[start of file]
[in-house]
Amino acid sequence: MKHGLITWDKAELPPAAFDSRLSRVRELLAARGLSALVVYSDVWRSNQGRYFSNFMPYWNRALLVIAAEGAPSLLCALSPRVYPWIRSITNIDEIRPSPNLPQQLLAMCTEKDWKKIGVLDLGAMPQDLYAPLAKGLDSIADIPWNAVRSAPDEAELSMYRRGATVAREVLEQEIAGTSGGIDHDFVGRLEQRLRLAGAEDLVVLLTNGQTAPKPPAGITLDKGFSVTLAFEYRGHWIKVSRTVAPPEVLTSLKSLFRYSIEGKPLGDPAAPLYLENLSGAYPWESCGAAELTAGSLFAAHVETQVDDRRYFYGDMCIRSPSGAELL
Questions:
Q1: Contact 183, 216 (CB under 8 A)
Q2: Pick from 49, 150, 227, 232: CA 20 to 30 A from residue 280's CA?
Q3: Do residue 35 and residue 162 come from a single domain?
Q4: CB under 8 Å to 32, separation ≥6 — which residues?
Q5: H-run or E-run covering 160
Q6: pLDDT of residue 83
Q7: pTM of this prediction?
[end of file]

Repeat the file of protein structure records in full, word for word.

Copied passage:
[in-house]
Amino acid sequence: MKHGLITWDKAELPPAAFDSRLSRVRELLAARGLSALVVYSDVWRSNQGRYFSNFMPYWNRALLVIAAEGAPSLLCALSPRVYPWIRSITNIDEIRPSPNLPQQLLAMCTEKDWKKIGVLDLGAMPQDLYAPLAKGLDSIADIPWNAVRSAPDEAELSMYRRGATVAREVLEQEIAGTSGGIDHDFVGRLEQRLRLAGAEDLVVLLTNGQTAPKPPAGITLDKGFSVTLAFEYRGHWIKVSRTVAPPEVLTSLKSLFRYSIEGKPLGDPAAPLYLENLSGAYPWESCGAAELTAGSLFAAHVETQVDDRRYFYGDMCIRSPSGAELL
Questions:
Q1: Contact 183, 216 (CB under 8 A)
Q2: Pick from 49, 150, 227, 232: CA 20 to 30 A from residue 280's CA?
Q3: Do residue 35 and residue 162 come from a single domain?
Q4: CB under 8 Å to 32, separation ≥6 — which residues?
Q5: H-run or E-run covering 160
Q6: pLDDT of residue 83
Q7: pTM of this prediction?